The Invisible Cities Collaborative Book Project, organized in 2016 by Constellation Studios, was exhibited in Venice, Italy, July 10 – 15, 2018. Many local and regional artists, students, and studio members and friends contributed art for this project. Karen Kunc, owner and director of Constellation Studios, and UNL Professor of Art, presented the book, and also exhibit her own artist books and prints. The exhibition was hosted by Amor del Libro Studio, at the Palazzo Ca’ Zenobio, Venice, Italy, with an opening reception on Tuesday July 10.
The Invisible Cities Book Project was initiated through an open call to artists, who were invited and inspired to contribute a book page in the specific size of 8 inches x 8 inches (20cm x 20cm) that were then joined together in an accordion-fold leporello structure. Participants include 238 artists, from students, to amateur and professional, with local artists from Lincoln Public Schools, UNL, Doane University, Nebraska Wesleyan, and from across the USA. International participants sent works from Italy, France, Finland, Bangladesh, New Zealand, United Kingdom, Japan, Poland, India, Croatia, Canada, Egypt, Argentina, Chile. The works are in a variety of media, including prints, photos, digital prints, watercolor, collage, and drawing. Invisible Cities is bound and housed in a clamshell box, and opens to 80 feet (24 meters).
This project was first shown at Constellation Studios in October 2016, in conjunction with Metropolis, the book project created by Amor del Libro Studio, Venice. Many of these artists contributed to both book projects in the spirit of collaboration and gift-exchange that is inherently the nature of prints and printmakers.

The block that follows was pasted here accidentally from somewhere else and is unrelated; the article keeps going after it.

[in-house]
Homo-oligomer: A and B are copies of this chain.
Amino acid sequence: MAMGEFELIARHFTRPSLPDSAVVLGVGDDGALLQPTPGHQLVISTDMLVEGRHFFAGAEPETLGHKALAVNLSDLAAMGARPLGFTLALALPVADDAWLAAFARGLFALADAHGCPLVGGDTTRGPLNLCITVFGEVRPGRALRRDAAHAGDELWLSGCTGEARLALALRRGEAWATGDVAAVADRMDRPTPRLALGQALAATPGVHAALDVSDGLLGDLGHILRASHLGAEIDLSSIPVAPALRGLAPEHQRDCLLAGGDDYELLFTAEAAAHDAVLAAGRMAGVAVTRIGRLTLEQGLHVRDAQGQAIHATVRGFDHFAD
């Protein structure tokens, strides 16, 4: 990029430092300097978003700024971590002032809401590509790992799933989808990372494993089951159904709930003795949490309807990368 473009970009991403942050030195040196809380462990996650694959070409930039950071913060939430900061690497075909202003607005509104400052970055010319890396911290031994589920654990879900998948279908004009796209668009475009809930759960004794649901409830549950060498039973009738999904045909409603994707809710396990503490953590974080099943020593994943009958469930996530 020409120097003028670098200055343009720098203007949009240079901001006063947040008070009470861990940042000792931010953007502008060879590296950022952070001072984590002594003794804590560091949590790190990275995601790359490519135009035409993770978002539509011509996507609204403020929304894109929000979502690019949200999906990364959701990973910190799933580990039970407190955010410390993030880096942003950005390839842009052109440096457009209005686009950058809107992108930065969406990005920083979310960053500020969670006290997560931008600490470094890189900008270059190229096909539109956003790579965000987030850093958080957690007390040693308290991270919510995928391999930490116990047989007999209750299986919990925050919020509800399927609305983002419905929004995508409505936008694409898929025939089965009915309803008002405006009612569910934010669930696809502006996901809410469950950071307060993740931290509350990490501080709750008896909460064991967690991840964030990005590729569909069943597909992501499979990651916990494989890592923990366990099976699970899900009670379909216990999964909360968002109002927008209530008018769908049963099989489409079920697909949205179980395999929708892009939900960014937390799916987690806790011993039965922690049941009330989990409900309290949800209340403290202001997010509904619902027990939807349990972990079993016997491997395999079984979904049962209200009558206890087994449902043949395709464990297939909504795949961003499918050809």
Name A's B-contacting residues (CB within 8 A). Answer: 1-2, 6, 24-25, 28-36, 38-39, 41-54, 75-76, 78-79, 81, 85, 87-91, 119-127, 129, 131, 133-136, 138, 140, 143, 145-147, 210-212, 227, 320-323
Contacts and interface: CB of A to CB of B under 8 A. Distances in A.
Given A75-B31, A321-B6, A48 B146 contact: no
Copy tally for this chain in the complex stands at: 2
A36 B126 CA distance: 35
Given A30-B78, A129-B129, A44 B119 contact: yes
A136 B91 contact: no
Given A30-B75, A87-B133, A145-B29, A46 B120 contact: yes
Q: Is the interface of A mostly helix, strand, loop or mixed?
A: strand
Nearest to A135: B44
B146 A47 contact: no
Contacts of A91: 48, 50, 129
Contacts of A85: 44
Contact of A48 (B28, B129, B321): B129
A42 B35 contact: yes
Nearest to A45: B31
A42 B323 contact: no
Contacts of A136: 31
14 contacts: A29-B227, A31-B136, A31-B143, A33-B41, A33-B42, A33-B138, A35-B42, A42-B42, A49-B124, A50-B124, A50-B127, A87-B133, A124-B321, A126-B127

Artists responded to the concept of Invisible Cities from a novel by Italian writer Italo Calvino, Le citta invisibili, published in Italy in 1972. In Calvino’s story Marco Polo reports to emperor Kublia Khan on the various cities across the empire that he visited. Organized in a mathematical structure, Calvino’s descriptions are fantastical, of dream-like cities all named after women. Following each eleven descriptions, the two men discuss ideas brought forward by the tales such as notions of human nature and linguistics.
Artist Karen Kunc exhibited her own artists’ books and prints alongside Invisible Cities, to show the depth of her exploration of book forms, and the richness of her printmaking processes.
Thanks for the warm hospitality and welcome shown by the gracious hosts, and so many any new friends!